Community Nutrition · My Dietetics Journey

Hunger: How Do We Help?

On October 24th and 25th, HungerU came to WVU. HungerU, an initiative of the Farm Journal Foundation, travels across the country, visiting college campuses to start the conversation about hunger. As a part of their “conversation starter”, they hold a short quiz, which, upon completion, donates a meal to local food shelters. At WVU, we were able to donate 348 meals!

I helped coordinate the a collaboration between HungerU and WVU’s Food Recovery Network – a student organization that collects food that would otherwise be thrown away from campus dining halls/cafes at the end of the week to donate to local charities. FRN set up a table next to the HungerU display as a way for students to become immediately involved in addressing hunger on campus. We were able to gather several signatures of individuals interested in our club and had 190 signatures on our petition for composting on campus. Overall, it was a great success!

hungeru
At the FRN table during HungerU’s visit to campus!

How can we address hunger in our own communities? First, let’s take a look at some statistics:

  • “13.1 million children in the U.S. lived in food insecure households in 2015.” (FeedingAmerica.org) What is food insecurity? Having unreliable access to adequate quantity of affordable, nutritious foods.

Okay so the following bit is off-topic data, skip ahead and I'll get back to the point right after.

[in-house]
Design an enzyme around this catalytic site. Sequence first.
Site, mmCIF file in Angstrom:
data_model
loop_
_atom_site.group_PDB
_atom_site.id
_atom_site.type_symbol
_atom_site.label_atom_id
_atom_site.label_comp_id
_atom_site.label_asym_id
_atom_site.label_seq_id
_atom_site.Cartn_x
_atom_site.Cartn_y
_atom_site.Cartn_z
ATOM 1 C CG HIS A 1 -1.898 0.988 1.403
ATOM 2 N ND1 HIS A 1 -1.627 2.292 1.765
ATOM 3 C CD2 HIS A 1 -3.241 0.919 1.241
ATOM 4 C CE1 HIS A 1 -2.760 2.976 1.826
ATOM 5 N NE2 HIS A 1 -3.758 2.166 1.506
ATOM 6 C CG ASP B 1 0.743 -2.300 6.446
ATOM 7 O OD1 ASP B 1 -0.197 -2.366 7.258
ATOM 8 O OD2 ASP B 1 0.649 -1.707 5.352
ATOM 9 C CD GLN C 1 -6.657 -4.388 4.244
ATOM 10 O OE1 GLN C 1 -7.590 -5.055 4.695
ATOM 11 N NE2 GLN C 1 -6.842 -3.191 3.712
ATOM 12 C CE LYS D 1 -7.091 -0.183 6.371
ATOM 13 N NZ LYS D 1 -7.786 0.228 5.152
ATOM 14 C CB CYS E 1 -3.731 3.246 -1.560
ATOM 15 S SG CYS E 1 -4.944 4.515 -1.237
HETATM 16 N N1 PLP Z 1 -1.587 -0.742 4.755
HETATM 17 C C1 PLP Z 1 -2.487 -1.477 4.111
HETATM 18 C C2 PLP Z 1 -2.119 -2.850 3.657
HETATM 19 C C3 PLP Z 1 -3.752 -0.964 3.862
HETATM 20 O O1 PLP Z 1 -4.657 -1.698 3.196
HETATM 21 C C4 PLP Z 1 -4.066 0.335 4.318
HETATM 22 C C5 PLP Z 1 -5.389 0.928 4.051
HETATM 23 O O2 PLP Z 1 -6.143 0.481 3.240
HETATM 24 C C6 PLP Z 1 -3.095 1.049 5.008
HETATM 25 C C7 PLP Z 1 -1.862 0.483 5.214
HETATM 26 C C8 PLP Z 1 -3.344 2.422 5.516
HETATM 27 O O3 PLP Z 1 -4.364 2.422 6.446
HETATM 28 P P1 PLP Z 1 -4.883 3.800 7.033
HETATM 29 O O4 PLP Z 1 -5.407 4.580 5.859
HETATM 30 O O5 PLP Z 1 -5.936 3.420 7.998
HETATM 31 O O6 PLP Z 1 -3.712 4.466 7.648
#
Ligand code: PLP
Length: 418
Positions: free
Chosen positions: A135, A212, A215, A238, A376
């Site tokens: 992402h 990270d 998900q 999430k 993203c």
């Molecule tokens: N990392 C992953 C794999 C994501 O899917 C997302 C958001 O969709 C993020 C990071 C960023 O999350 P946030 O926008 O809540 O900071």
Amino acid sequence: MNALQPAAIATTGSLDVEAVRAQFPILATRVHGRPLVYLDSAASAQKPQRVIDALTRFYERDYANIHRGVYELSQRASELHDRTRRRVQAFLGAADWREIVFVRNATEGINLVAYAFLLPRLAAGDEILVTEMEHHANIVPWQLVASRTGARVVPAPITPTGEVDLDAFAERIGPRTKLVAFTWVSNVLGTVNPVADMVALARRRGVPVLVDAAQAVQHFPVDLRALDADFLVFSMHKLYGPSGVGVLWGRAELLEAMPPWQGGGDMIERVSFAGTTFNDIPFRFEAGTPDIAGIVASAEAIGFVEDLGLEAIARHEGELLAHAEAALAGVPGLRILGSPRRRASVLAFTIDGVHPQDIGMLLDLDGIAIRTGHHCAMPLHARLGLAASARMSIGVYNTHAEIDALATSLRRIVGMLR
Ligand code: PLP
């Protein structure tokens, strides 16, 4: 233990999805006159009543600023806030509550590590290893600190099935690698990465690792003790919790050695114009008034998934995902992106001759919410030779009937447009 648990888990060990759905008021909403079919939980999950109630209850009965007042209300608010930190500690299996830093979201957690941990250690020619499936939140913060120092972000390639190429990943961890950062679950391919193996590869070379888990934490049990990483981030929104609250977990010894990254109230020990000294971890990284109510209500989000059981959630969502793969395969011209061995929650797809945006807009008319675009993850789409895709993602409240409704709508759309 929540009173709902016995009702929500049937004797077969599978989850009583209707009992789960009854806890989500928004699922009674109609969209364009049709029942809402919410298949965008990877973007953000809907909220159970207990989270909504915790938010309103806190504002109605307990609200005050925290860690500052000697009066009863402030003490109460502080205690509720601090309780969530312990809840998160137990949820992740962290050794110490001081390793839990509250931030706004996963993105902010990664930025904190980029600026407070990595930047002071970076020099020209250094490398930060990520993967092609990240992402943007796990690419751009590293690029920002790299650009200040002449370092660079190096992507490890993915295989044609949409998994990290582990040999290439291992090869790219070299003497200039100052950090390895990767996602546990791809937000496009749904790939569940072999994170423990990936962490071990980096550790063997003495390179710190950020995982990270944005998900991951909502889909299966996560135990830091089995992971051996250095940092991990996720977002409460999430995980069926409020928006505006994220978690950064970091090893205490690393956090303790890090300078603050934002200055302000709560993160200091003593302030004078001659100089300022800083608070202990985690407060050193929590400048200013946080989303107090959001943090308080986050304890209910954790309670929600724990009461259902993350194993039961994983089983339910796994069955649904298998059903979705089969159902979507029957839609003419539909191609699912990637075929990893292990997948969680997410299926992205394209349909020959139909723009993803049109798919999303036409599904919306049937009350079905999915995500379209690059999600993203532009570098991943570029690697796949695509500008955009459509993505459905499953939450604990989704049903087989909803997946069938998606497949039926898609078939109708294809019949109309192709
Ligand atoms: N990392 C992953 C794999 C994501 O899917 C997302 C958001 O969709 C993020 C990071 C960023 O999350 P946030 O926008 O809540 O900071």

• “In fiscal year 2014, more than 20 million or 44 percent of all SNAP participants were children under age 18.” (FeedingAmerica.org)
  • “1 in 6 people in America face hunger.” (DoSomething.org)
  • “More than 1 in 5 children is at risk of hunger. Among African-Americans and Latinos, it’s 1 in 3.” (DoSomething.org)
  • “40% of food is thrown out in the US every year, or about $165 billion worth. All of this uneaten food could feed 25 million Americans.” (DoSomething.org)
  • “Those who are chronically hungry are also more likely to be obese, leading to an increased risk of heart attacks, strokes, and diabetes.” (Loavesfishes.org)

Hunger is a huge problem all over the world and in the United States. (Isn’t it paradoxical for a country that has so much food waste to have so many starving citizens? Food for thought.) Fighting hunger can sound like a huge task, but all it takes is devoted community members coming together to make a change. Even if that change was in just one person’s life, it was worth it.

Here are three simple ideas for addressing hunger in your community:

  1. Volunteer at soup kitchens, backpack programs, and summer meal programs.
  2. Practice sustainable eating habits by reducing your edible food waste and buying local produce. (See my article on buying local here.)
  3. Donate directly to hunger relief efforts at Feeding America, Unicef, Loaves and Fishes, or your local hunger relief organization.

In addition, you may enjoy learning about and possibly purchasing from FEED. This company sells purses/bags/clothing to help aid their fight against worldwide hunger. (I’ve purchased a purse from them and absolutely love it! See the Frida Crossbody purse.) Read their story and maybe your next favorite accessory will fund efforts to address hunger and malnutrition around the world. How many of your purses can say that?! Click here to read about the FEED Foundation.

Together, we can make hunger a thing of the past.

stop-hunger

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